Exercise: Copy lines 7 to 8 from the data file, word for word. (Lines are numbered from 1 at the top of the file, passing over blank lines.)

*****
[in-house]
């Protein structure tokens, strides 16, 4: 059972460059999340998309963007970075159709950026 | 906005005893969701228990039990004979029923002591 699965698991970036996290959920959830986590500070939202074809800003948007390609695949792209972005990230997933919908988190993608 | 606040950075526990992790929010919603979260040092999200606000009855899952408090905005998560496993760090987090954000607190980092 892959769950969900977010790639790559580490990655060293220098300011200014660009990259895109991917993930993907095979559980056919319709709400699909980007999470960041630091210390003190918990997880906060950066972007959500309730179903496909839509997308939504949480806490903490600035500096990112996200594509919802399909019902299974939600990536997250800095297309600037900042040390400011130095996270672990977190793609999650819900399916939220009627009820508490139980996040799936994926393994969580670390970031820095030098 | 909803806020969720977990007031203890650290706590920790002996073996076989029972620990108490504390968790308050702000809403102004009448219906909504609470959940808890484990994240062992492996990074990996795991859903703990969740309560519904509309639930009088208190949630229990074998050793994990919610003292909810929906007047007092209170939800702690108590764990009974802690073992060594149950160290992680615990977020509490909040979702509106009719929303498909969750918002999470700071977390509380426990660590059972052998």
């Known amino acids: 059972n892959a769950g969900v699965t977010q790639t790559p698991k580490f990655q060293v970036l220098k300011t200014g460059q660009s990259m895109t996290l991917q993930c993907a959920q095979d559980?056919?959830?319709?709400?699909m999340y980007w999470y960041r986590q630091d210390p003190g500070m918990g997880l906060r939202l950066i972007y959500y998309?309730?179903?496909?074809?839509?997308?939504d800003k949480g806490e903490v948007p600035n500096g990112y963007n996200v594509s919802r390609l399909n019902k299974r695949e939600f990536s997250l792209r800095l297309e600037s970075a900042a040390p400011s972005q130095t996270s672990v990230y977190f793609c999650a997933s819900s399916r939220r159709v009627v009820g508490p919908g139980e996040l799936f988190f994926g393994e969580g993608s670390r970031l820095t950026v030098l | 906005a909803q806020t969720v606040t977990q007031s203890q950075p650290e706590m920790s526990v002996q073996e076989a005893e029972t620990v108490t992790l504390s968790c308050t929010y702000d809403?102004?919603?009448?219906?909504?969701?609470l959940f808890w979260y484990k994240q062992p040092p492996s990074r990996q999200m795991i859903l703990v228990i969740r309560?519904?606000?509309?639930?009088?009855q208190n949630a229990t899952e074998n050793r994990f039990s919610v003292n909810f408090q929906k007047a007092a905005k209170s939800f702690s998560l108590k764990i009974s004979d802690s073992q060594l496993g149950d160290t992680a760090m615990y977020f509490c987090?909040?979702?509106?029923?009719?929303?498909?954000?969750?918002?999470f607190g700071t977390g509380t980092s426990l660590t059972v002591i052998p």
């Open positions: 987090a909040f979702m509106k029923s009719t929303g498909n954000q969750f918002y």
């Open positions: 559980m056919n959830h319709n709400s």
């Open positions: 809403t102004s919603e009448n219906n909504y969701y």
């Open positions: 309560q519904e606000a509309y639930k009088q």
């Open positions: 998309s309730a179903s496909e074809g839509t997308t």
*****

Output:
């Open positions: 309560q519904e606000a509309y639930k009088q």
């Open positions: 998309s309730a179903s496909e074809g839509t997308t």